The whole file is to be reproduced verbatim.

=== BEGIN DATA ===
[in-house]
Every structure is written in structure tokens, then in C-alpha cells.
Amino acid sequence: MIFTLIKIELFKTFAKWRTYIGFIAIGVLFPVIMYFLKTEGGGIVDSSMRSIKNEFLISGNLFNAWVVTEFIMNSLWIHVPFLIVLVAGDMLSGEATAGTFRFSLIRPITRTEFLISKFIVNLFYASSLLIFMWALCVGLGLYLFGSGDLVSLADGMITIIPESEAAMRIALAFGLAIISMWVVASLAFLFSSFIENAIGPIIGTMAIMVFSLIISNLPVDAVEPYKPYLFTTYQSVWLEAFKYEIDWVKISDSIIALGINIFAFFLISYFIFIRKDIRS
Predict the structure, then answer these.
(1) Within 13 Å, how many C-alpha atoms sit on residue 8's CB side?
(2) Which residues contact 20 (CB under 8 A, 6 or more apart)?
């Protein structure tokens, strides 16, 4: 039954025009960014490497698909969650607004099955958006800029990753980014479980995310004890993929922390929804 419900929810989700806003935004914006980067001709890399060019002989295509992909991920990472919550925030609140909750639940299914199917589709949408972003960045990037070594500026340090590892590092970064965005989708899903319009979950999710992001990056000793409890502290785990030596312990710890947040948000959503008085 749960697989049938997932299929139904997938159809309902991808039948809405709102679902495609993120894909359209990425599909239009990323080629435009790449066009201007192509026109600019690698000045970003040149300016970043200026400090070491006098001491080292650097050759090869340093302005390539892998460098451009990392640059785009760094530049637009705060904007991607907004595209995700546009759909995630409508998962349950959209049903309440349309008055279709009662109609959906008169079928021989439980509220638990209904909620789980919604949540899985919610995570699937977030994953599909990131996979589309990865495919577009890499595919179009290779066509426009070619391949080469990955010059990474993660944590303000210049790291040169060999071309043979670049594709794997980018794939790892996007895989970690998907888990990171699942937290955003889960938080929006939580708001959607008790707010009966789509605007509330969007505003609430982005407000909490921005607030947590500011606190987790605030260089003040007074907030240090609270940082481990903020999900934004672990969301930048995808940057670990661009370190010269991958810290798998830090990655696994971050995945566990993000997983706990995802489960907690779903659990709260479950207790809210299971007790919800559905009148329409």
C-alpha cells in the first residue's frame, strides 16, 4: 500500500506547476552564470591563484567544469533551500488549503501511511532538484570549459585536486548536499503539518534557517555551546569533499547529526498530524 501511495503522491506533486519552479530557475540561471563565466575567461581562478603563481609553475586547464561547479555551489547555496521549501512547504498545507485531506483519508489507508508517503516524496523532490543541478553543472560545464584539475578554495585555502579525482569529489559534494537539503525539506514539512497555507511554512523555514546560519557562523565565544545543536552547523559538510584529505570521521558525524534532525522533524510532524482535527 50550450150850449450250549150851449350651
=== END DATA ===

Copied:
[in-house]
Every structure is written in structure tokens, then in C-alpha cells.
Amino acid sequence: MIFTLIKIELFKTFAKWRTYIGFIAIGVLFPVIMYFLKTEGGGIVDSSMRSIKNEFLISGNLFNAWVVTEFIMNSLWIHVPFLIVLVAGDMLSGEATAGTFRFSLIRPITRTEFLISKFIVNLFYASSLLIFMWALCVGLGLYLFGSGDLVSLADGMITIIPESEAAMRIALAFGLAIISMWVVASLAFLFSSFIENAIGPIIGTMAIMVFSLIISNLPVDAVEPYKPYLFTTYQSVWLEAFKYEIDWVKISDSIIALGINIFAFFLISYFIFIRKDIRS
Predict the structure, then answer these.
(1) Within 13 Å, how many C-alpha atoms sit on residue 8's CB side?
(2) Which residues contact 20 (CB under 8 A, 6 or more apart)?
């Protein structure tokens, strides 16, 4: 039954025009960014490497698909969650607004099955958006800029990753980014479980995310004890993929922390929804 419900929810989700806003935004914006980067001709890399060019002989295509992909991920990472919550925030609140909750639940299914199917589709949408972003960045990037070594500026340090590892590092970064965005989708899903319009979950999710992001990056000793409890502290785990030596312990710890947040948000959503008085 749960697989049938997932299929139904997938159809309902991808039948809405709102679902495609993120894909359209990425599909239009990323080629435009790449066009201007192509026109600019690698000045970003040149300016970043200026400090070491006098001491080292650097050759090869340093302005390539892998460098451009990392640059785009760094530049637009705060904007991607907004595209995700546009759909995630409508998962349950959209049903309440349309008055279709009662109609959906008169079928021989439980509220638990209904909620789980919604949540899985919610995570699937977030994953599909990131996979589309990865495919577009890499595919179009290779066509426009070619391949080469990955010059990474993660944590303000210049790291040169060999071309043979670049594709794997980018794939790892996007895989970690998907888990990171699942937290955003889960938080929006939580708001959607008790707010009966789509605007509330969007505003609430982005407000909490921005607030947590500011606190987790605030260089003040007074907030240090609270940082481990903020999900934004672990969301930048995808940057670990661009370190010269991958810290798998830090990655696994971050995945566990993000997983706990995802489960907690779903659990709260479950207790809210299971007790919800559905009148329409």
C-alpha cells in the first residue's frame, strides 16, 4: 500500500506547476552564470591563484567544469533551500488549503501511511532538484570549459585536486548536499503539518534557517555551546569533499547529526498530524 501511495503522491506533486519552479530557475540561471563565466575567461581562478603563481609553475586547464561547479555551489547555496521549501512547504498545507485531506483519508489507508508517503516524496523532490543541478553543472560545464584539475578554495585555502579525482569529489559534494537539503525539506514539512497555507511554512523555514546560519557562523565565544545543536552547523559538510584529505570521521558525524534532525522533524510532524482535527 50550450150850449450250549150851449350651